Catching Jackie with Aristotle Onassis
When rumours emerged that Aristotle Onassis was romantically involved
with Jackie Kennedy, a young Greek journalist sneaked on to the shipping
magnate's yacht to see if it was true. Forty years after the death of
the billionaire, he remembers how he got his scoop.
Ted Kennedy was a young
senator in 1968 with a promising career
On a sweltering morning in August 1968, Greek journalist Nico
Mastorakis was in his office in downtown Athens scouring the newspapers
for possible leads when something caught his eye.
"I knew that any story about Onassis was big in Greece, even if it
was just a photo of him drinking coffee," he says. He had spotted a
small piece reporting that the Greek billionaire had invited Giannis
Poulopoulos's bouzouki group to play at a reception on board his yacht
Christina. Poulopoulos was a personal friend of Mastorakis. To add to
the excitement, the journalist knew that Jackie Kennedy, the glamorous
widow of President John F Kennedy, who'd been assassinated five years
earlier, was in Greece. For a while, rumours had been swirling that
Kennedy and Onassis were an item. They had been photographed together,
but always in company and nothing was known for certain.
"It clicked in a reporter's mind that I could go myself to Christina
disguised as a bouzouki player. I had done that [sort of thing] in the
past many times very successfully," says Mastorakis.
Convinced he had a scoop on his hands, he borrowed a bouzouki and
went straight to the airport where he persuaded Poulopoulos to let him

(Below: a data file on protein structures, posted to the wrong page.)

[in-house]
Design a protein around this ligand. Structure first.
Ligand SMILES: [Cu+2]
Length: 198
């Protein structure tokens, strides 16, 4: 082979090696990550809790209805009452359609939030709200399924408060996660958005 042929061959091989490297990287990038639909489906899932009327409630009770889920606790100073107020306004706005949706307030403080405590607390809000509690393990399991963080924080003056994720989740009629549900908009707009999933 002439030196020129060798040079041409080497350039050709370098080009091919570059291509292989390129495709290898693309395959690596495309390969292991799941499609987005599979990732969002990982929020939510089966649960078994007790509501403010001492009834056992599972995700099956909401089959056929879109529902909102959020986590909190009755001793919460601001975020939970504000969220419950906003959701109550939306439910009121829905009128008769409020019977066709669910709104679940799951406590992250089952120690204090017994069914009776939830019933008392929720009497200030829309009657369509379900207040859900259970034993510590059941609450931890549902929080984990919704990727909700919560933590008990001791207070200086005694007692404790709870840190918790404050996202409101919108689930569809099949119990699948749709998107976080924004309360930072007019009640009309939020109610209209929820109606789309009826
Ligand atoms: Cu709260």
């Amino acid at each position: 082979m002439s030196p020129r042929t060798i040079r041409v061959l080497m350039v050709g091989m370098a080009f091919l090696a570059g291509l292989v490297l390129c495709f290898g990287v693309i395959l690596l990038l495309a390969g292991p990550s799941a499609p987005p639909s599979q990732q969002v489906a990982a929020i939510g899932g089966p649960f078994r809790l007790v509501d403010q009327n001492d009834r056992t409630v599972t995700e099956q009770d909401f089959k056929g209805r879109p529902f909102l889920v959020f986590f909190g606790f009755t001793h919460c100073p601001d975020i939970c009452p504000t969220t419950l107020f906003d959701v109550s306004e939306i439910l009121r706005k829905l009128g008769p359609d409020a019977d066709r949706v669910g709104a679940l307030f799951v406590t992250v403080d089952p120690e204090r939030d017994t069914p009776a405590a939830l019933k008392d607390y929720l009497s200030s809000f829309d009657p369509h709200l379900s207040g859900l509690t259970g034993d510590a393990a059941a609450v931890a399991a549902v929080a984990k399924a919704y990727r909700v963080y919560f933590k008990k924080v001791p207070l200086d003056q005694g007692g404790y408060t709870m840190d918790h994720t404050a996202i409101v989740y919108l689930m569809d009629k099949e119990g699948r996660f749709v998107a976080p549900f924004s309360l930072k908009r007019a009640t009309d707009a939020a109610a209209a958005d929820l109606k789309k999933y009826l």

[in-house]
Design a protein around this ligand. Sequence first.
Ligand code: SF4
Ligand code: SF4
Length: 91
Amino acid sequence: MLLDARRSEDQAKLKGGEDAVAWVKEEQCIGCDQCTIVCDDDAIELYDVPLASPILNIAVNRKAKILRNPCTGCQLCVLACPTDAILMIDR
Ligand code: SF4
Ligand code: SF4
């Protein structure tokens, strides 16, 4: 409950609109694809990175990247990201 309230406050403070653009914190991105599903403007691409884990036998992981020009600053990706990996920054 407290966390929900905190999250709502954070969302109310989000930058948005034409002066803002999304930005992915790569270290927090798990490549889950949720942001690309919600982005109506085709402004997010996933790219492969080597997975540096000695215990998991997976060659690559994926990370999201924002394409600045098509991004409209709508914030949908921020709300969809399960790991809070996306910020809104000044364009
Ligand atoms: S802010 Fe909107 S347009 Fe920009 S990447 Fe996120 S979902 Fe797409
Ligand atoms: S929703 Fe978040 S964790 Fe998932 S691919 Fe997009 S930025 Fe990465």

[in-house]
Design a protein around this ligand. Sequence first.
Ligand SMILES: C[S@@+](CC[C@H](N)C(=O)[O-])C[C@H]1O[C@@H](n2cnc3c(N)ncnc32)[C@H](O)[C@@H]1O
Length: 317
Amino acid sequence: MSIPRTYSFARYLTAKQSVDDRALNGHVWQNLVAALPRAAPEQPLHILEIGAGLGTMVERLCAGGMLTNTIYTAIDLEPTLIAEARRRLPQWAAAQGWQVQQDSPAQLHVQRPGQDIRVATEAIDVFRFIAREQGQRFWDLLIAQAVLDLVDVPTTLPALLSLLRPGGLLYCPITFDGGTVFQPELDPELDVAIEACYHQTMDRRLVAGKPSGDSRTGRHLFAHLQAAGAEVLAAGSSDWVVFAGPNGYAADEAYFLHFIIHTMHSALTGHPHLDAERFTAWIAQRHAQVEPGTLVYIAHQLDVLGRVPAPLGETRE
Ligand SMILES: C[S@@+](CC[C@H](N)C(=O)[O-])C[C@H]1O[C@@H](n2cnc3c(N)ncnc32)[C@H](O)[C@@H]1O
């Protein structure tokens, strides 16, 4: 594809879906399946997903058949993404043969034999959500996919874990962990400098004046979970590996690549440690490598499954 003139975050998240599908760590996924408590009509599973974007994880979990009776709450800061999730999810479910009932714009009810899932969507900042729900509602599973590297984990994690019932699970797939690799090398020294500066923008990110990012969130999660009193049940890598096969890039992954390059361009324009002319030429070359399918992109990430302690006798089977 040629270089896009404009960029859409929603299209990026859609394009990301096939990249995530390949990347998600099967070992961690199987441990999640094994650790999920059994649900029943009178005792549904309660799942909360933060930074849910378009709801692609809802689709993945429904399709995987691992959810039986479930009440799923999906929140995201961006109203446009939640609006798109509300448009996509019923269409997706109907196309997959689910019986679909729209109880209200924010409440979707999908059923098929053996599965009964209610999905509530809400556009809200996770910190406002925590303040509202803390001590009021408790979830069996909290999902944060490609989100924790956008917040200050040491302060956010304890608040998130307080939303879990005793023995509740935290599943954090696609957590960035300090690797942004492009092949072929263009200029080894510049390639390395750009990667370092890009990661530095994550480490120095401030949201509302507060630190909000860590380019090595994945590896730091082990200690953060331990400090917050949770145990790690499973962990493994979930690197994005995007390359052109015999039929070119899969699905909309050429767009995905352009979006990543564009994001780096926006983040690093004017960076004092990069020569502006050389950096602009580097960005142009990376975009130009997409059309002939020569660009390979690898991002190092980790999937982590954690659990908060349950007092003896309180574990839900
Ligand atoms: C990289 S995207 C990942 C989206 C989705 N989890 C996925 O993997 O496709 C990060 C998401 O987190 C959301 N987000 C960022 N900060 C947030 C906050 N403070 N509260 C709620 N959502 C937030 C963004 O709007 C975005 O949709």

pose as a member of the band. They made their way to Onassis's Ionian
island, Skorpios, and Mastorakis hid his minute camera behind the
strings of his guitar.
Arriving at the Christina, they found Aristotle Onassis in his
bathing trunks carefully cleaning the hull of his ship, a former frigate
that burned 30 tonnes of oil a day when it was on the move.
"Christina at dusk was gleaming with lights. It was a beautiful
yacht," he says.
"Everything was mahogany and wood and polished brass. Dinner was
served on gold-plated china. Everywhere you turned there was crystal,
"It was obviously one of Onassis best-staged evenings of his life.
And the purpose of the glamour was that he was in love with the idea of
stealing the first lady of the United States."
Crucially, Jackie Kennedy was there. Her brother-in-law, US Senator
Ted Kennedy was also on board - to negotiate the financial side of the
impending marriage, Mastorakis later learned. Once Jackie Kennedy
remarried, she would automatically forfeit the money she got from the
Kennedy trust as well as her widow's pension from the government.
"Jackie wore a long gypsy skirt and was very cordial with everybody.
They ate lamb and stuffed vine leaves. Onassis tried to feed her and it
was a very nice moment," says Mastorakis, who managed to take several
Jackie Kennedy and
Aristotle Onassis married on Skorpios later that year
As the evening wore on, Mastorakis watched as the guests became
drunk, dancing and singing old tangos. Jackie Kennedy, caught up in the
party atmosphere, took one of the costly china plates and threw it to